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Mortality Salience of Birthdays on Day of Death in the Major Leagues

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The authors assessed the relationship of mortality salience, as represented by birthdays, on the day of death. Preliminary studies considered the role of possible artifacts such as seasonality of birth and death, and time units for evaluation. On the basis of terror management theory's concept of “mortality salience,” the authors hypothesized that famous people, in this case Major League Baseball (MLB) players, would be more likely to die on or after their birthdays than would be expected by chance (the “birthday blues”), and that the greater their fame, as represented by induction into the Baseball Hall of Fame, the greater the concentration of deaths shortly after birthdays. The results supported the hypothesis. Theoretical underpinnings of these results and practical implications were discussed.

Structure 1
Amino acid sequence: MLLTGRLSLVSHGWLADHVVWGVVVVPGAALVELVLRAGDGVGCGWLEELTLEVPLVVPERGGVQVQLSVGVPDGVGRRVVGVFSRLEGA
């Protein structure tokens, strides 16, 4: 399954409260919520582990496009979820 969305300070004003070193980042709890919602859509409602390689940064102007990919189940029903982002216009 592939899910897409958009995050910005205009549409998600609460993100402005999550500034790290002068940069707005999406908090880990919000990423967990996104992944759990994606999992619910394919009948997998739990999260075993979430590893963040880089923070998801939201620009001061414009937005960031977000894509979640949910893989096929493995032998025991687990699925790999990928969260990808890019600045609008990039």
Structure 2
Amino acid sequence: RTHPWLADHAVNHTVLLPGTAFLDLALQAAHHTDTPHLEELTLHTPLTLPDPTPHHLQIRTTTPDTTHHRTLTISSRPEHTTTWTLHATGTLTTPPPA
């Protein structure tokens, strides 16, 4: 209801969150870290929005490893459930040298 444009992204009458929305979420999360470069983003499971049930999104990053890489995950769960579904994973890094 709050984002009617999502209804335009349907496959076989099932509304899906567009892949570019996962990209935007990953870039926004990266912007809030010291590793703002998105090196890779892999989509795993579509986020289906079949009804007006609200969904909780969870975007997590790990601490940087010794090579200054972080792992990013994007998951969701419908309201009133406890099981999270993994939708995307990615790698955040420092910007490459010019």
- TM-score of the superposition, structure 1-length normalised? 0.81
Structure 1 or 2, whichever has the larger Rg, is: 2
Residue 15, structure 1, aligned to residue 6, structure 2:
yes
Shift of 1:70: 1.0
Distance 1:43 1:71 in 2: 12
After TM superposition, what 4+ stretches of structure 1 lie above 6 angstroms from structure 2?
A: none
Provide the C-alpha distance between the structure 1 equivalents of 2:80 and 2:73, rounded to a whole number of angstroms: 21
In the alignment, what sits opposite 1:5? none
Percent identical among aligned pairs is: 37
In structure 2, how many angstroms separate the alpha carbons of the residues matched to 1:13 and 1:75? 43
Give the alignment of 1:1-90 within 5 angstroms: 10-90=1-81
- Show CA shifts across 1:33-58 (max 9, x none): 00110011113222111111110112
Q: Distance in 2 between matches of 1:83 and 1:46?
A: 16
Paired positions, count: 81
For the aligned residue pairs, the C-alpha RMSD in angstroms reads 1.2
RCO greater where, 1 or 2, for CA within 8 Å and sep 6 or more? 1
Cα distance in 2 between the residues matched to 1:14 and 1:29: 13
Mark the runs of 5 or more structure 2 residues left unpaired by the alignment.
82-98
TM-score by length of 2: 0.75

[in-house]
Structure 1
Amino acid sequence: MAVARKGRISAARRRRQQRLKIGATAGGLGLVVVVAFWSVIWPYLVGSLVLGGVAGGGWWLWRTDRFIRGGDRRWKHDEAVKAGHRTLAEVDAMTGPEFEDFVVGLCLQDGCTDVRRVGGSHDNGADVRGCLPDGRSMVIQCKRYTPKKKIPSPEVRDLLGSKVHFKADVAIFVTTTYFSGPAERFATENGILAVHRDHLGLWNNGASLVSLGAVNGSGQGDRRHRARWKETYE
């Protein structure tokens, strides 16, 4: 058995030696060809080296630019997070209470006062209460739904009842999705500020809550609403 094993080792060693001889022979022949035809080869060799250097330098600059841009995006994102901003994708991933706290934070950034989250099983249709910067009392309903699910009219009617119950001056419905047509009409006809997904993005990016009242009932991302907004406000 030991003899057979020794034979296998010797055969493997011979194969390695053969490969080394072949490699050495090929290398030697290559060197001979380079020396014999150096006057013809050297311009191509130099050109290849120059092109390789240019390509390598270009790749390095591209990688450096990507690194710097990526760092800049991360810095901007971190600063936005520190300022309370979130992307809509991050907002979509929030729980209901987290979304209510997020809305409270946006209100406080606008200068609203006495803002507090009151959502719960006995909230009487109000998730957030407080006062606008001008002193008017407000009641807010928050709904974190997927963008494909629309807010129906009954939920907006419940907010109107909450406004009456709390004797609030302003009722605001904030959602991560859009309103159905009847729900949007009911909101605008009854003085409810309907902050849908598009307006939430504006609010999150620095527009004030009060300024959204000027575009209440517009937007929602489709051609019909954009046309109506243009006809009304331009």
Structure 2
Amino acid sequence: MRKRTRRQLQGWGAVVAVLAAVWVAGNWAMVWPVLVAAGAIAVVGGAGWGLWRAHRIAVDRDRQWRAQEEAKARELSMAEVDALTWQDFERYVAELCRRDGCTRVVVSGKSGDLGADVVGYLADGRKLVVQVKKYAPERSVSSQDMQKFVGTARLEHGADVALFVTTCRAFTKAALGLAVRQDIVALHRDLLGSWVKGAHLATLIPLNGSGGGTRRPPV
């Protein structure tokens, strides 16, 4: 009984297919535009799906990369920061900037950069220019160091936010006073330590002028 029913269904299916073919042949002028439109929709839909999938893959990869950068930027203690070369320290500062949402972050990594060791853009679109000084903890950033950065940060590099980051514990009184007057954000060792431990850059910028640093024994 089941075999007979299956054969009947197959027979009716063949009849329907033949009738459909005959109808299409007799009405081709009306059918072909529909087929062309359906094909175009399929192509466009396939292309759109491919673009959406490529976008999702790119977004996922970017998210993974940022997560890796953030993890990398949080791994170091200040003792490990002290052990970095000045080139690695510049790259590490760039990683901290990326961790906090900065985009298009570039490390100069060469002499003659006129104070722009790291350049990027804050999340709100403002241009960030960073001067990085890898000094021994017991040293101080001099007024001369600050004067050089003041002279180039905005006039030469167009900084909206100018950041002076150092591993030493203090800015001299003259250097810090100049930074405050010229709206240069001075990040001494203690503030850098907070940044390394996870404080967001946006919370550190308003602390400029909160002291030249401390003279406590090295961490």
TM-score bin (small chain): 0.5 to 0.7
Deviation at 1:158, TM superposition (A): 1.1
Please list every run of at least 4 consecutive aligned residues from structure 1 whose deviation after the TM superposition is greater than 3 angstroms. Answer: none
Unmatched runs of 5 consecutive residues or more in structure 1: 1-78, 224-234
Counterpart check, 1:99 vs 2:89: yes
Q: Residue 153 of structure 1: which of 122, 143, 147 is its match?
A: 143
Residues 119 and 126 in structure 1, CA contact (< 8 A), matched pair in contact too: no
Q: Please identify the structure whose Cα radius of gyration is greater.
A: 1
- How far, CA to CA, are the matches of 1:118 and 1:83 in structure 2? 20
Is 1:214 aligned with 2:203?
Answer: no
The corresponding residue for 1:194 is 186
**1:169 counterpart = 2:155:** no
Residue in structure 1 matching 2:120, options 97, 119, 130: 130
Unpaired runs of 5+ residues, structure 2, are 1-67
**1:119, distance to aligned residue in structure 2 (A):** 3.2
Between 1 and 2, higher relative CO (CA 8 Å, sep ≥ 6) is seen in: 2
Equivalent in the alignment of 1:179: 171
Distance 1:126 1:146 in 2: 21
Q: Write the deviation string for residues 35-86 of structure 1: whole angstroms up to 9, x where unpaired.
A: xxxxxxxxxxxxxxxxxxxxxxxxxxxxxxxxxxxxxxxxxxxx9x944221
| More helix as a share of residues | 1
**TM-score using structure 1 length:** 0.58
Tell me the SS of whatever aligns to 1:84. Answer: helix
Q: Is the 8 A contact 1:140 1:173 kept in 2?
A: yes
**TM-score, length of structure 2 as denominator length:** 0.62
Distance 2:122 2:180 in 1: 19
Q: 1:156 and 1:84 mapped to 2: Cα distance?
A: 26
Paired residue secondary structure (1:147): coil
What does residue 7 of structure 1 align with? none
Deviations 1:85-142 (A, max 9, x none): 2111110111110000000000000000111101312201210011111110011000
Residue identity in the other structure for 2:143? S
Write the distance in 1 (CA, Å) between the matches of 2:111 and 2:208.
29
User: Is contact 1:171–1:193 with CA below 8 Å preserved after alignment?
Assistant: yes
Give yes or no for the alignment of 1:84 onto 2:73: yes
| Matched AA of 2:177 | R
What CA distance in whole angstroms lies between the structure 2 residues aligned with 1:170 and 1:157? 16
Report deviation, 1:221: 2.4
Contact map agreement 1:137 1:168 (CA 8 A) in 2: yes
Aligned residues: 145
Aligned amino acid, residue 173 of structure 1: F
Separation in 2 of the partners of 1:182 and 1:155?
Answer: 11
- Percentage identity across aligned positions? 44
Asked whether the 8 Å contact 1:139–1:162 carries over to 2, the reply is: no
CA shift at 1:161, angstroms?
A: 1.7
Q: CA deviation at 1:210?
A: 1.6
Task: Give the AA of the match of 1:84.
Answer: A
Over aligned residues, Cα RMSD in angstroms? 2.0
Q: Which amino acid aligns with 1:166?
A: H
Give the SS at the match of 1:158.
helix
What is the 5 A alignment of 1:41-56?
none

Document Type: Research Article


Affiliations: 1: Departments of Obstetrics and Gynecology and Psychology, Wayne State University, Detroit, Michigan, USA 2: Department of Obstetrics, Wayne State University, Detroit, Michigan, USA

Publication date: February 1, 2009

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